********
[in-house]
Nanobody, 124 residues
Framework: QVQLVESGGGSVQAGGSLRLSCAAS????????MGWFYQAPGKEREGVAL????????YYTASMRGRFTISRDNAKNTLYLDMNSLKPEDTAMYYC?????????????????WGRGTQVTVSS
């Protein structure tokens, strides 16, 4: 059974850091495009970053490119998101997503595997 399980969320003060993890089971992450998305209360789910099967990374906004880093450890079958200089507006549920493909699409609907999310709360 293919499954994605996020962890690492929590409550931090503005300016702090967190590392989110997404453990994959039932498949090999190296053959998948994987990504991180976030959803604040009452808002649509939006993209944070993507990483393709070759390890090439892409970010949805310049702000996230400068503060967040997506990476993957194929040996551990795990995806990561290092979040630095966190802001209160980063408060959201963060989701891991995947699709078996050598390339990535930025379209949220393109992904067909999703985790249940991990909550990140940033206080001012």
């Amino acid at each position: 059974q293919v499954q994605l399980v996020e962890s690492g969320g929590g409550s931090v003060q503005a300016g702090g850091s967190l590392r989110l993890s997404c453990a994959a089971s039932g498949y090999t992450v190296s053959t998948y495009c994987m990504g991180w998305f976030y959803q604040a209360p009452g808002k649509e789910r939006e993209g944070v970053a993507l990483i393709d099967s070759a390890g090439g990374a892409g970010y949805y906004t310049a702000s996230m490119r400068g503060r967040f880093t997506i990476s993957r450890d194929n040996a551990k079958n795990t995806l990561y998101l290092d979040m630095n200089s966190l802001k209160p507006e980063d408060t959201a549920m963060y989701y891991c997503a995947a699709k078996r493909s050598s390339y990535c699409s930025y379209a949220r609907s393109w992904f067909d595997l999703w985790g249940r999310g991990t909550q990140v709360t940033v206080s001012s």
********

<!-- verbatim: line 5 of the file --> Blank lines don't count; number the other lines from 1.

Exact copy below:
């Amino acid at each position: 059974q293919v499954q994605l399980v996020e962890s690492g969320g929590g409550s931090v003060q503005a300016g702090g850091s967190l590392r989110l993890s997404c453990a994959a089971s039932g498949y090999t992450v190296s053959t998948y495009c994987m990504g991180w998305f976030y959803q604040a209360p009452g808002k649509e789910r939006e993209g944070v970053a993507l990483i393709d099967s070759a390890g090439g990374a892409g970010y949805y906004t310049a702000s996230m490119r400068g503060r967040f880093t997506i990476s993957r450890d194929n040996a551990k079958n795990t995806l990561y998101l290092d979040m630095n200089s966190l802001k209160p507006e980063d408060t959201a549920m963060y989701y891991c997503a995947a699709k078996r493909s050598s390339y990535c699409s930025y379209a949220r609907s393109w992904f067909d595997l999703w985790g249940r999310g991990t909550q990140v709360t940033v206080s001012s």